Intellectual Property Analysis of Imperium (IP) Holdings, Inc. v. Apple Inc. et. al.
On March 18, 2011, Imperium (IP) Holdings filed a lawsuit in the Eastern District of Texas accusing seven companies of infringing five of its patents. Imperium claims that LG, Kyocera, Nokia, Motorola Mobility, Apple, Sony and RIM have all committed infringement by manufacturing, selling or importing cell phones. The asserted patents all relate to image sensors and, in particular, photodiodes. Each of the five patents came to ESS Technology, Inc. as part of its 2003 acquisition of Pictos Technologies, Inc. from Conexant Systems, Inc. In June of 2008, ESS announced that it had “merged with a wholly owned subsidiary of the Imperium Master Fund, Ltd., a fund managed by Imperium Partners Group, LLC.” One month later the USPTO recorded a transfer of 79 patents from ESS to Imperium (IP) Holdings.
Using the M·CAM DOORS™ analytic platform, an intellectual property analysis of Imperium (IP) Holdings’ U.S. Patent No. 7,109,535 (hereafter ‘535) was conducted in order to understand its strength and defensibility in the face of prior and concurrent art innovation. The innovation space surrounding the ‘535 patent and its patent family members was examined to determine which patent(s) may provide alternatives to or alter the value of Imperium (IP) Holdings’ properties.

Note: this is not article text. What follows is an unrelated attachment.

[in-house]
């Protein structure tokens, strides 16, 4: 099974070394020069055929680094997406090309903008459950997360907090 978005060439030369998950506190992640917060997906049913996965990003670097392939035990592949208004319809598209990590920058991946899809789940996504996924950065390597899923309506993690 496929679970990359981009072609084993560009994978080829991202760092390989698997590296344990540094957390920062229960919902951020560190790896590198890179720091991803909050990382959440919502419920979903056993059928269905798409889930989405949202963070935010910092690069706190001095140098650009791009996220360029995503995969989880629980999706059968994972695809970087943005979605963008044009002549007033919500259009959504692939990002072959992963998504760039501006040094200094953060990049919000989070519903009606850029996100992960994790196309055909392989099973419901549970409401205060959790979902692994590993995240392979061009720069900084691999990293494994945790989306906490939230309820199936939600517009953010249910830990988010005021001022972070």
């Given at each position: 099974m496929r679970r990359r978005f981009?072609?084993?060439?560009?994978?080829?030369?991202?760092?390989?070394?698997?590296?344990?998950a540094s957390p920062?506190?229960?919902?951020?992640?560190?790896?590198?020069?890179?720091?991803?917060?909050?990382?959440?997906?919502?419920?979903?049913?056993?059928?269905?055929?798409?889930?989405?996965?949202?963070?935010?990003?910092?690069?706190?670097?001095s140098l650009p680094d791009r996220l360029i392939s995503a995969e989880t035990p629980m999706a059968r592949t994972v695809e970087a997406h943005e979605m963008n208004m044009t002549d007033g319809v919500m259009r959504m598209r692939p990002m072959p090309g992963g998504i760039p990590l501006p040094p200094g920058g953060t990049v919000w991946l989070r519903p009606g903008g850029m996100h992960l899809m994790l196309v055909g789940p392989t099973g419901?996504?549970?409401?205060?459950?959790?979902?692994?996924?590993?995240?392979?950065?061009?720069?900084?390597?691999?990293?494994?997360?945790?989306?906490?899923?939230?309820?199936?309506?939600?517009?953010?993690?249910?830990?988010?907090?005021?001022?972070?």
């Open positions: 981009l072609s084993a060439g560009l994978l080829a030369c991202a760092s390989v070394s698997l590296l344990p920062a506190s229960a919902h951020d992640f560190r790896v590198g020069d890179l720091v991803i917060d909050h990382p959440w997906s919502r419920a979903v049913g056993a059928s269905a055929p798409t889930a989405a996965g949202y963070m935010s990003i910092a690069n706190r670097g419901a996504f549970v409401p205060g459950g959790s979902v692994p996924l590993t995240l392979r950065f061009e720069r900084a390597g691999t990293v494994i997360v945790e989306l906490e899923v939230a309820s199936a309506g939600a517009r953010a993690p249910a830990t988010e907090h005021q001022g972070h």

M·CAM’s intellectual property analysis has identified examples of uncited precedent innovation that may limit the strength and defensibility of Imperium (IP) Holdings’ U.S. Pat No. 6,891,551. U.S. Pat. Nos. 6,143,612 and 5,614,744 particularly describe innovation which may predate key aspects of the technology described in Imperium (IP) Holdings’ ‘535 patent. These patents, as well as other properties identified in this report, may potentially weaken the claims of the ‘535 and related patents.
Imperium (IP) is Cayman Islands based holding company with no discernable activities apart from patent reassignment and infringement filings. While they hold nearly 80 patents they do not use them to manifest commerce. In initiating its case against Apple et al. with acquired properties in the Eastern District of Texas, the company’s clear goal is to make a quick buck. Unfortunately, by attempting to exploit the patent system and U.S. courts with unimpressive properties, non-operating Imperium’s only rewards may be the successful reexamination of its patents and the illustrious title of Patent Troll.ShareThis